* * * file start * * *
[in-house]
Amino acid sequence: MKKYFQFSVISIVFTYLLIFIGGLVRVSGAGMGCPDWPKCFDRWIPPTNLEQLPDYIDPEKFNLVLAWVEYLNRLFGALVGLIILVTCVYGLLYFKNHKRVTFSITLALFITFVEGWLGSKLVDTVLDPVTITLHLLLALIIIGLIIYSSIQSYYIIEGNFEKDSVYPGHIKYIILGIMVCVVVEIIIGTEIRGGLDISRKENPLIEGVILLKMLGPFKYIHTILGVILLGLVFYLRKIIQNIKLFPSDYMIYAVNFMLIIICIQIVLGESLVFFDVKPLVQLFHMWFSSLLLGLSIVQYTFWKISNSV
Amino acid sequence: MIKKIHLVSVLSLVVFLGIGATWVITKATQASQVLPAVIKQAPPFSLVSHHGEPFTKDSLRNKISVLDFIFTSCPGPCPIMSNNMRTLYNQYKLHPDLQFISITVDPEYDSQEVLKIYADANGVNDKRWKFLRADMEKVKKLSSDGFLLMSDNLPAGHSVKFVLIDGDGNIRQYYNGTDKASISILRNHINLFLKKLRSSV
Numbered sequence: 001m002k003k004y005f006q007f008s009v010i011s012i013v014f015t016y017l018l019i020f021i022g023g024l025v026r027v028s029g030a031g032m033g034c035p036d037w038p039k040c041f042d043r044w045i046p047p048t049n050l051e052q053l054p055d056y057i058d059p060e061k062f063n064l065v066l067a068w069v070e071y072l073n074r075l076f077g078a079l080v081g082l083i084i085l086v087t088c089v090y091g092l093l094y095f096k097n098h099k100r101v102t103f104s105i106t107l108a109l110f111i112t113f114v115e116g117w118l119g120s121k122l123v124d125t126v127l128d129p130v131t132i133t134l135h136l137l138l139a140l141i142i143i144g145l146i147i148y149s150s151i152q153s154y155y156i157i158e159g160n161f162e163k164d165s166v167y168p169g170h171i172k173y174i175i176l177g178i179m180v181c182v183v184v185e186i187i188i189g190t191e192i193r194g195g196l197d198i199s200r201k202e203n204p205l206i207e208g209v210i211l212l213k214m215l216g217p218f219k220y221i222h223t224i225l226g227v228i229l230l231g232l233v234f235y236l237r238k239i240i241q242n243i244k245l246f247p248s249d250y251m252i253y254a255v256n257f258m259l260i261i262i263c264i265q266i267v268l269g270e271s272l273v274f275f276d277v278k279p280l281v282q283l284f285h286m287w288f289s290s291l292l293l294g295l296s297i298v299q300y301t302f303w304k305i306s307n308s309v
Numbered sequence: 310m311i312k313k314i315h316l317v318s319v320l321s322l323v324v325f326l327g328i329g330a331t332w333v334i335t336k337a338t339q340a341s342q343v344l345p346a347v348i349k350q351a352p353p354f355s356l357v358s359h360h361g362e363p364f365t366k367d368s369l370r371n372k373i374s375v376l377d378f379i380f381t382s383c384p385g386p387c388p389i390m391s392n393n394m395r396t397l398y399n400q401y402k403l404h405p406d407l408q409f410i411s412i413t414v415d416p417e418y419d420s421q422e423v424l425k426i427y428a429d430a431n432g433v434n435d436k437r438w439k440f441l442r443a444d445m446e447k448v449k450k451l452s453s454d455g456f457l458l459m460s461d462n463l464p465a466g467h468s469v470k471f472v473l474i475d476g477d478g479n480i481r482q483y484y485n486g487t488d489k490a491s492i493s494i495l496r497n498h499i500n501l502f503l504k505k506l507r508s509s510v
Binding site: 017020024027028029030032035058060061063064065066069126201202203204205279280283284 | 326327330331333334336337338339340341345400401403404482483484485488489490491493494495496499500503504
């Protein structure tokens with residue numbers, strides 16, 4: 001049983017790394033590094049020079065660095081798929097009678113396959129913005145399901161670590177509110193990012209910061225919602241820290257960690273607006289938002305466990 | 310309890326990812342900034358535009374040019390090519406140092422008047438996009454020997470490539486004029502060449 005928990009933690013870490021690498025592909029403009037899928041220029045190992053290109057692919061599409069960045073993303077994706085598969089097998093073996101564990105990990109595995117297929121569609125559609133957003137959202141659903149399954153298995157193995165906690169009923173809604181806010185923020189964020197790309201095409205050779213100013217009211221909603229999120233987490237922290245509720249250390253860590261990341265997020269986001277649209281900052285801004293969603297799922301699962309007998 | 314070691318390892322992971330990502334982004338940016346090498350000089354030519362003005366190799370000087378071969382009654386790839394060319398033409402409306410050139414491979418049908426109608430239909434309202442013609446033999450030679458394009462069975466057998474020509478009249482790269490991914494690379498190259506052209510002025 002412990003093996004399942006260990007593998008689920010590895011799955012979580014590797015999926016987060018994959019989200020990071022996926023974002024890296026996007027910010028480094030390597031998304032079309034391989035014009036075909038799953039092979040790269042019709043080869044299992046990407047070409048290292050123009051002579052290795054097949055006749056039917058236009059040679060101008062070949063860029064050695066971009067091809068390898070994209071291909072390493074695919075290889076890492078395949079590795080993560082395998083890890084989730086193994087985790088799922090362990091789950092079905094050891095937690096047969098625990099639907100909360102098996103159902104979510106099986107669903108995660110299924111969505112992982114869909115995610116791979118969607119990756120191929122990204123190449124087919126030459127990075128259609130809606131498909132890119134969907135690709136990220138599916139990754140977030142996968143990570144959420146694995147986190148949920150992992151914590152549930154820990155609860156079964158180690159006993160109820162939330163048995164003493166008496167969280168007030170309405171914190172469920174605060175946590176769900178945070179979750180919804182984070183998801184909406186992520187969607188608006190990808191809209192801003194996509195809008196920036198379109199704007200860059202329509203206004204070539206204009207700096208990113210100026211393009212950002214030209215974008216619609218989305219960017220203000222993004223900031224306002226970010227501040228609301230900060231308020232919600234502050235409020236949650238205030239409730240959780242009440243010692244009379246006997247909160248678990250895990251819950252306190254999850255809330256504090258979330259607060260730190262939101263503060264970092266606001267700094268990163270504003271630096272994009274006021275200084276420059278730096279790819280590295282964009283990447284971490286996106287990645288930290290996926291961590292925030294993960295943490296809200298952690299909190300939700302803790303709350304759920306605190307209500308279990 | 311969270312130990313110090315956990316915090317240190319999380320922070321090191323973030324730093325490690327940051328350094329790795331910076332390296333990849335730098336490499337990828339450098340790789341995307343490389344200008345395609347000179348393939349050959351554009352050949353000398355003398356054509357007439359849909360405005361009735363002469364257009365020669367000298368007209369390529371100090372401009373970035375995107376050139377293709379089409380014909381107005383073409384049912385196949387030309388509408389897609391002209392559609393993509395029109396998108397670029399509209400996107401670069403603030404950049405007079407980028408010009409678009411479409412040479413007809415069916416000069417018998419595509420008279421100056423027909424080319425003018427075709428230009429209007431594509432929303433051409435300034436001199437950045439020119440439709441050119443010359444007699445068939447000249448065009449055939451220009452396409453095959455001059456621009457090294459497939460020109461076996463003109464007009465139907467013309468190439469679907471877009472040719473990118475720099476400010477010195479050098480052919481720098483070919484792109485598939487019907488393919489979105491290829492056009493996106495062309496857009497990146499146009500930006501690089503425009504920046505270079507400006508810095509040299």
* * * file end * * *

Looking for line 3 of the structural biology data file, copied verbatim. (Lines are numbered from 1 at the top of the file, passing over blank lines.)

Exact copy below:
Amino acid sequence: MIKKIHLVSVLSLVVFLGIGATWVITKATQASQVLPAVIKQAPPFSLVSHHGEPFTKDSLRNKISVLDFIFTSCPGPCPIMSNNMRTLYNQYKLHPDLQFISITVDPEYDSQEVLKIYADANGVNDKRWKFLRADMEKVKKLSSDGFLLMSDNLPAGHSVKFVLIDGDGNIRQYYNGTDKASISILRNHINLFLKKLRSSV